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Exclusive Interview: Melissa George 30 Days of Night

By Paul Fischer Saturday October 20th 2007 11:56PM
Melissa George 30 Days of Night

Melissa George longs to have it all. With two films opening a few weeks of each other here in the US, a new TV series on cable beginning in January, and another film about to begin, it seems George is the busiest Australian actress working in Hollywood.

Yet she lives in Buenos Aires with her husband, director Claudio Dabed, and says she has no problem balancing marriage and career. "So far, it's been good. My husband is doing incredibly well as a filmmaker, comes with me to my locations, so we just sort of balance it. When he makes a movie, I go with him and when I make one, he comes with me"

When asked of her aspirations to start a family, she laughingly exclaims "Yes, immediately," adding she has every intention to try and have children, sustain a marriage, and make three or four movies a year. "You've got to do it, because you can't deny yourself the best thing in life, which is family. But also I don't want to deny myself what makes me the happiest, which is making movies, because I have kids, which would be terrible."

George shows off very distinct sides of her acting with roles in two disparate films. In the New Zealand-shot Hollywood horror film 30 Days of Night, George plays Stella, an estranged sheriff's wife in a small Alaskan town suddenly being overrun by vampires. Josh Hartnett plays the sheriff in this adaptation of the graphic novel. "I wanted her to have an emotional balance in the movie and to show her with such spunk. I didn't want her to be bitter because she hadn't seen her husband for nine months and I wanted her to be sort of touching, sort of emotional and real. I really want her to be the representative of the audience seeing the movie, so I wanted the audience to sort of see the film through Stella's eyes," George says.

Not a specific fan of the genre, George says she didn't want to approach doing 30 Days simply as a horror film. "When this came along, I paused and thought, 'Well, it's horror,' but then I thought, 'No, no, no, that's just the world saying that they love to pour movies into a genre, so why not look at it based on scripts?' So this whole genre thing didn't bother me, because I knew it was Sam Raimi, Sony Pictures, big budget, Josh Hartnett, and a great graphic novel so it was a no brainer."

George also crops up in the true story of Richard Pimentel, a deaf Vietnam vet who ultimately uses his disability as a means to change America's perceptions of the disabled. George plays his often unconventional girlfriend Christine, and sees the part as being more than just a tokern girlfriend role. " I also knew that Christine's a true character, and the woman responsible for Richard Pimentel's sort of success in a way. She was the driving force behind him and behind every good man is a good woman, and Christine was that woman. So I could have just been the girl sort of walking in the street and not saying much, but she had a great part. Also, it sort of gave the film some of the humour. I saw her as being very free and loving just a libertine. It was just a lot of fun."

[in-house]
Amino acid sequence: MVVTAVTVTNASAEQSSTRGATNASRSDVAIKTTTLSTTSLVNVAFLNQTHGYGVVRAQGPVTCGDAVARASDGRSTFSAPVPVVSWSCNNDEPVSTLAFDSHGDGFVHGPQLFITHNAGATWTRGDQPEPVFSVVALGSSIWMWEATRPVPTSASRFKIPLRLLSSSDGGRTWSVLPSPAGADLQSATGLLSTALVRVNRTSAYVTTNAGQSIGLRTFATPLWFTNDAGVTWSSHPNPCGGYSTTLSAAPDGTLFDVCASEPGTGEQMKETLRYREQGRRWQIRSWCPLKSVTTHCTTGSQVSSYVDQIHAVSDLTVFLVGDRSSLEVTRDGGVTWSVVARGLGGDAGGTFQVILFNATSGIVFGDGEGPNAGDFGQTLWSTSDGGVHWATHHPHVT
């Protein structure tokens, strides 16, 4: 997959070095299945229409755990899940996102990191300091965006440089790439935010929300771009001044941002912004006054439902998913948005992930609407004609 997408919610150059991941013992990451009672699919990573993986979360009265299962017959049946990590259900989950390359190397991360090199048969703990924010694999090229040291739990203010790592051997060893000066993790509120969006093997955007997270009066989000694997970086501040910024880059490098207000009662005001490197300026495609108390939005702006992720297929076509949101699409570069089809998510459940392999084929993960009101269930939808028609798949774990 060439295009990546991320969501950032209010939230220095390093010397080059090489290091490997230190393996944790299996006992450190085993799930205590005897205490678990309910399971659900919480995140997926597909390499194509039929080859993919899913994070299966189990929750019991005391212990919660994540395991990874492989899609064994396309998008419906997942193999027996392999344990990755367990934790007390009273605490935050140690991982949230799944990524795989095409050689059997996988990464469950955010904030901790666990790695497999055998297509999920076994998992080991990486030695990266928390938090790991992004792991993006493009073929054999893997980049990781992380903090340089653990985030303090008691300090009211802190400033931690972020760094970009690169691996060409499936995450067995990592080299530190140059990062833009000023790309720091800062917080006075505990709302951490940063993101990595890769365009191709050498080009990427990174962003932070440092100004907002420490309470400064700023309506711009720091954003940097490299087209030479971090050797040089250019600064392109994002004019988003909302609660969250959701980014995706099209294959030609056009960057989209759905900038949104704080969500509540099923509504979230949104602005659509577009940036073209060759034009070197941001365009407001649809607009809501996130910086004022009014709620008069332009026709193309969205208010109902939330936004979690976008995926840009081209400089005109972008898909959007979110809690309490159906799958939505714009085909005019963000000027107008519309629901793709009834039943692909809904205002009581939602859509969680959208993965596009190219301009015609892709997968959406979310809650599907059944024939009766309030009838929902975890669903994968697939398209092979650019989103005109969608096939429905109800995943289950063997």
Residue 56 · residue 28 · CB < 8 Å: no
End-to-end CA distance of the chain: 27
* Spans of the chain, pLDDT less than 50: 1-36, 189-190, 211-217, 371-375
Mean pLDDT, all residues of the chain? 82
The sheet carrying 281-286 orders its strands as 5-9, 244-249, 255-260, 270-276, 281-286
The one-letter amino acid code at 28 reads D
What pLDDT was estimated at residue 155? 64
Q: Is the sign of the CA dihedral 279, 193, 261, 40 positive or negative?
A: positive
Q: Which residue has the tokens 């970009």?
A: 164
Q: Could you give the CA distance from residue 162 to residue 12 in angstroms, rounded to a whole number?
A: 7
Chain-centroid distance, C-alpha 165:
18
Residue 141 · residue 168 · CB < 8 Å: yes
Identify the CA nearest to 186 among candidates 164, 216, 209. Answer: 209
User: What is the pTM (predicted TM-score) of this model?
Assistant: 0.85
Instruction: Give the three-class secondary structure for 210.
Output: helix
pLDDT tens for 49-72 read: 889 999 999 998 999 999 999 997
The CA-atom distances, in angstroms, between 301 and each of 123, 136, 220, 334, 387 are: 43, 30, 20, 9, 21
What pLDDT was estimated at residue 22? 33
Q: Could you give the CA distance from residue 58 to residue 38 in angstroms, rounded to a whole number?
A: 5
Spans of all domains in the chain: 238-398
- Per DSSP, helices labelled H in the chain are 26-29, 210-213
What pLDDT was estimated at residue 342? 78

George says that while the film is set predominantly in the 60s it has messages that resonate today. "We're going to have a lot of wounded men and women coming back from Iraq that are going to need our love and support, so hopefully this movie triggers a little bit more respect, and when people see somebody that's not like them, they will go out of their way to make their life easier and see people with disabilities in a different light."

George will also be seen on the small screen come January with a recurring role on HBO's In Treatment, opposite Gabriel Byrne. "I play a patient in therapy, Gabriel plays my therapist and we've already shot a whole season. I've been doing that this year, in between so I've been flying back every week to shoot HBO. She's a doctor, and is in therapy because she has sex addiction and relationship problems. But she's also very, very humorous and funny." This is definitely not a character she could relate to on a personal level. "No, of course not, because I'm a good girl," she says laughingly. But she's really in therapy for a year because she finds it hard to deal within a non-sexual place and her therapist is trying to help her with it."

If that's not enough, George is about to shoot an action film for director Jan De Bont, starring opposite John Cusack. "I play the young lover of John Cusack who takes me on a European vacation to Berlin after two years of being together. We're there for holiday and he decides to bring his 16 year old daughter with us whom I never even knew about. She gets kidnapped and we go on a high speed chase to try and find her in real time, so it's gonna be a real time high speed chase."

The actress also hopes to return to Australia in the near future. "There are two projects that I'm waiting one. One's called Red Dog, and another one's called The Fourth Knot. No wonder George sees this as ther happiest time of her life. "This is definitely the happiest point in my life."

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